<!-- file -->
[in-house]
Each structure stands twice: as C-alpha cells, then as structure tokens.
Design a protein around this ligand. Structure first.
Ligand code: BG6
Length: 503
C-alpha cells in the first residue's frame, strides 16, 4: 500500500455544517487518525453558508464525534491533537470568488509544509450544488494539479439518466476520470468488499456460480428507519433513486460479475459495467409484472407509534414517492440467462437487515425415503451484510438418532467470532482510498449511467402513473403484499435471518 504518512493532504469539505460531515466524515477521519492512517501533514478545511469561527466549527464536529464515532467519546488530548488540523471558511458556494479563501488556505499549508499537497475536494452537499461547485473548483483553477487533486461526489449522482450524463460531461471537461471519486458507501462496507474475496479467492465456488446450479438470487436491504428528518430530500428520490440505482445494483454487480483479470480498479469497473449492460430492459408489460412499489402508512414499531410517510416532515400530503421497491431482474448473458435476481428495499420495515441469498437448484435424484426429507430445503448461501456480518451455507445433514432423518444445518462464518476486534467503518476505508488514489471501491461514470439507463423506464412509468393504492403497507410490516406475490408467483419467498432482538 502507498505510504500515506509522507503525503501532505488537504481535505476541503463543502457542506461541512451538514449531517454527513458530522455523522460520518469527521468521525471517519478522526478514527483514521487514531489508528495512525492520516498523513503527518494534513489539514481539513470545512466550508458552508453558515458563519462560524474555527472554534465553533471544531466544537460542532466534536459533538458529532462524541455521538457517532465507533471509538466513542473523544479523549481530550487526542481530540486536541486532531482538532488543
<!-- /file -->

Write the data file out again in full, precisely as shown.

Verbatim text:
[in-house]
Each structure stands twice: as C-alpha cells, then as structure tokens.
Design a protein around this ligand. Structure first.
Ligand code: BG6
Length: 503
C-alpha cells in the first residue's frame, strides 16, 4: 500500500455544517487518525453558508464525534491533537470568488509544509450544488494539479439518466476520470468488499456460480428507519433513486460479475459495467409484472407509534414517492440467462437487515425415503451484510438418532467470532482510498449511467402513473403484499435471518 504518512493532504469539505460531515466524515477521519492512517501533514478545511469561527466549527464536529464515532467519546488530548488540523471558511458556494479563501488556505499549508499537497475536494452537499461547485473548483483553477487533486461526489449522482450524463460531461471537461471519486458507501462496507474475496479467492465456488446450479438470487436491504428528518430530500428520490440505482445494483454487480483479470480498479469497473449492460430492459408489460412499489402508512414499531410517510416532515400530503421497491431482474448473458435476481428495499420495515441469498437448484435424484426429507430445503448461501456480518451455507445433514432423518444445518462464518476486534467503518476505508488514489471501491461514470439507463423506464412509468393504492403497507410490516406475490408467483419467498432482538 502507498505510504500515506509522507503525503501532505488537504481535505476541503463543502457542506461541512451538514449531517454527513458530522455523522460520518469527521468521525471517519478522526478514527483514521487514531489508528495512525492520516498523513503527518494534513489539514481539513470545512466550508458552508453558515458563519462560524474555527472554534465553533471544531466544537460542532466534536459533538458529532462524541455521538457517532465507533471509538466513542473523544479523549481530550487526542481530540486536541486532531482538532488543